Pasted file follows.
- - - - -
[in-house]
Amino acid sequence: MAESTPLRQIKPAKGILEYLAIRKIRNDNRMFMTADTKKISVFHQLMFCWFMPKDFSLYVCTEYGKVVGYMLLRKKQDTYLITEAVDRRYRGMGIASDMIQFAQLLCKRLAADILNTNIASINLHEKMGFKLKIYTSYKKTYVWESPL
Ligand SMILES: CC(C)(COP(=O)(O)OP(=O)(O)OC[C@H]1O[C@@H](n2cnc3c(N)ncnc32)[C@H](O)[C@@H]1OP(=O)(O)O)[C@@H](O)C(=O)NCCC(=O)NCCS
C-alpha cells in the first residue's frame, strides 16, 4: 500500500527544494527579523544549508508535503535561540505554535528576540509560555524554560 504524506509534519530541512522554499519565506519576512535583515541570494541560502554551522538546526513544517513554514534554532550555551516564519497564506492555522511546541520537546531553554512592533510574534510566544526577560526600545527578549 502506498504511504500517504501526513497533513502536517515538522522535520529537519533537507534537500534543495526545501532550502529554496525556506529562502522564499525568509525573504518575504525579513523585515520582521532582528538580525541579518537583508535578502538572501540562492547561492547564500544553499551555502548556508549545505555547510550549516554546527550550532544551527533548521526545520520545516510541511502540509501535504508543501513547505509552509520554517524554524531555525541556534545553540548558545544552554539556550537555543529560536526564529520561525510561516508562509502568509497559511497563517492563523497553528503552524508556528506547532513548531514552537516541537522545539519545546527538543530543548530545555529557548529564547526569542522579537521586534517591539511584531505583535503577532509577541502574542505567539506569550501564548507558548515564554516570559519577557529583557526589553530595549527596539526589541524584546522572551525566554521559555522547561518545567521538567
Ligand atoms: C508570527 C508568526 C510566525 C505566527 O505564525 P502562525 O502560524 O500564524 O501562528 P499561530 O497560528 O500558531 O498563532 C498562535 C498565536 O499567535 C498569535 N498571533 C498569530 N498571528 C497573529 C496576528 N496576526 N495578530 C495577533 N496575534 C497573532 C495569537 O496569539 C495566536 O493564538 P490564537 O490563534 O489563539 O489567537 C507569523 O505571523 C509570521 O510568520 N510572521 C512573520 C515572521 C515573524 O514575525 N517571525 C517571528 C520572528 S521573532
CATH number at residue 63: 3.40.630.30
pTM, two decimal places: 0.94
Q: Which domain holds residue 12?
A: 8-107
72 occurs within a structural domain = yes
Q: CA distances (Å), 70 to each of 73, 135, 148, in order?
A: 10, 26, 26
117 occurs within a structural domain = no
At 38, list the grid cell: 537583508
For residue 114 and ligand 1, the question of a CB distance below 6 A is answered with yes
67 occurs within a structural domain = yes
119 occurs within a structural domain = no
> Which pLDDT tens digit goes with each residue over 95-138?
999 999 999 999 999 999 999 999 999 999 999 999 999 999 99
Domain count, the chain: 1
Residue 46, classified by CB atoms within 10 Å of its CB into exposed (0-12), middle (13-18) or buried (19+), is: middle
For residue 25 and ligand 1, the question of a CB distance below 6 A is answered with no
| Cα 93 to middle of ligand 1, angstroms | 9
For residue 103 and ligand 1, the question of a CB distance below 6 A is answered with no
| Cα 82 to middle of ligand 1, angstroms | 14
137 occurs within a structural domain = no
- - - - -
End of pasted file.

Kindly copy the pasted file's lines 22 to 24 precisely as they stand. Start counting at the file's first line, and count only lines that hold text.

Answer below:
For residue 25 and ligand 1, the question of a CB distance below 6 A is answered with no
| Cα 93 to middle of ligand 1, angstroms | 9
For residue 103 and ligand 1, the question of a CB distance below 6 A is answered with no